Rhythm begins clinical trials of Setmelanotide for treatment of Prader-Willi syndrome obesity

4th June 2015 (Last Updated June 4th, 2015 18:30)

Biopharmaceutical firm Rhythm has started two Phase II clinical trials to assess the safety and effectiveness of setmelanotide (RM-493) for rare genetic disorders of obesity.

Biopharmaceutical firm Rhythm has started two Phase II clinical trials to assess the safety and effectiveness of setmelanotide (RM-493) for rare genetic disorders of obesity.

Setmelanotide is a new melanocortin 4 receptor (MC4R) agonist that is being assessed to treat Prader-Willi Syndrome (PWS) and POMC-null obesity, which are associated with defects in the MC4 signaling pathway.

The first Phase II study will assess the safety and efficacy of setmelanotide on weight and eating behaviours in patients with PWS, which is a rare genetic disorder that causes life-threatening obesity.

The randomised, double-blind and placebo-controlled trial will assess safety and efficacy of setmelanotide administered once daily by subcutaneous injection for up to 10 weeks of treatment.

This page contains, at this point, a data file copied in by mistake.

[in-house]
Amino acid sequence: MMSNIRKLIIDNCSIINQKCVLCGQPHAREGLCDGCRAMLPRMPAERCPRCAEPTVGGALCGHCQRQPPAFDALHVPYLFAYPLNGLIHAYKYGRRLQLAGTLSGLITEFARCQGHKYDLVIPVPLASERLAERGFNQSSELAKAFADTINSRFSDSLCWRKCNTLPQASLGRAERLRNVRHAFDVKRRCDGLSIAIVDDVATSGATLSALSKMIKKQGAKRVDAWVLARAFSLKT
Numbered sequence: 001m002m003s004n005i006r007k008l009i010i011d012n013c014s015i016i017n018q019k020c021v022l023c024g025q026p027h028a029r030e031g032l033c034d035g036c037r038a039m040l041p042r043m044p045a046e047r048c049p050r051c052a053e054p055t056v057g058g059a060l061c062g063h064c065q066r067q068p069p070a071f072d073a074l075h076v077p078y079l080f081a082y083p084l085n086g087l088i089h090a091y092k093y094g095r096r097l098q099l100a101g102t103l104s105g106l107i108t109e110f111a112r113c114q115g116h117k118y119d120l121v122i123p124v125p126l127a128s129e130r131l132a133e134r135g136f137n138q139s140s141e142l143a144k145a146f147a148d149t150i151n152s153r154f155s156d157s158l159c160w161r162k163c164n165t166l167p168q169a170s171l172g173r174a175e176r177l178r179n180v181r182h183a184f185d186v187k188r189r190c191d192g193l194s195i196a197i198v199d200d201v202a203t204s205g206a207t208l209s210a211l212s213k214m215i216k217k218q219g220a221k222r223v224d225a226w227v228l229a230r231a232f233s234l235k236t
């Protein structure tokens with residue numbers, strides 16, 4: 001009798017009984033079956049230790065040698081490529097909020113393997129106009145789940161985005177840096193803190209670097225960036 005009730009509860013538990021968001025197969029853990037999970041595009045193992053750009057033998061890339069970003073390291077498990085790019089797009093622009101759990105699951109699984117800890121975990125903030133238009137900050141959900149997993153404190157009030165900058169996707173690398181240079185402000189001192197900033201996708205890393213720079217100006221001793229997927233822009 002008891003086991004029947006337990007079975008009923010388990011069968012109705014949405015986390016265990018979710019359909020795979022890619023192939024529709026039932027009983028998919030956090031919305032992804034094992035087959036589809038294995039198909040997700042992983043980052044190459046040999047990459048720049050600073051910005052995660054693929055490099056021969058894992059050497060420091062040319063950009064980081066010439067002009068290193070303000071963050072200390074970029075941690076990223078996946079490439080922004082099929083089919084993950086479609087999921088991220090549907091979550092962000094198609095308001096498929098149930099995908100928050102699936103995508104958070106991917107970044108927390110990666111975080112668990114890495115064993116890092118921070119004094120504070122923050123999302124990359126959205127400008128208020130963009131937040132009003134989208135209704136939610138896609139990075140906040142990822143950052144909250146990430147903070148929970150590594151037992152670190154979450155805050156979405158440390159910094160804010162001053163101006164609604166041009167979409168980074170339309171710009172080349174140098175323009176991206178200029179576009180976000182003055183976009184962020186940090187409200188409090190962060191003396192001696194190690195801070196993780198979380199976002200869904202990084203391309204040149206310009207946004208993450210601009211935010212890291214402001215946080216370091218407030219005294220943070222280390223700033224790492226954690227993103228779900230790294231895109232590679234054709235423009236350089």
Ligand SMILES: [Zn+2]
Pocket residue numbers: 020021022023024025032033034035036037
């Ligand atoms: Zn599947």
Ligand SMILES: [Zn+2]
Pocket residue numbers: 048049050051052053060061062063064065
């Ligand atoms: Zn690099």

Rhythm will enrol around 36 obese adolescent and adult patients with PWS in the trial.

Rhythm chief medical officer Dr Fred Fiedorek said: "The Phase II Prader-Willi clinical trial will assess the effect of setmelanotide as essentially 'replacement therapy' for the treatment of the severe obesity and hyperphagia in PWS."

The second Phase II clinical trial will assess the safety and efficacy of setmelanotide on weight and appetite in POMC-null patients, which is a very rare and life-threatening genetic disorder for which there are no effective treatments.

These study will enrol around six obese adolescent and adult patients with POMC-null genetic defects and will assess the safety and efficacy of setmelanotide administered once daily by subcutaneous injection for up to 13 weeks.

Rhythm CEO Keith Gottesdiener said: "Our personalised medicine approach to restore MC4 pathway function in patients with Prader-Willi syndrome and POMC-null obesity is targeting what we believe is the direct cause of the extreme hyperphagia and obesity in these genetic diseases."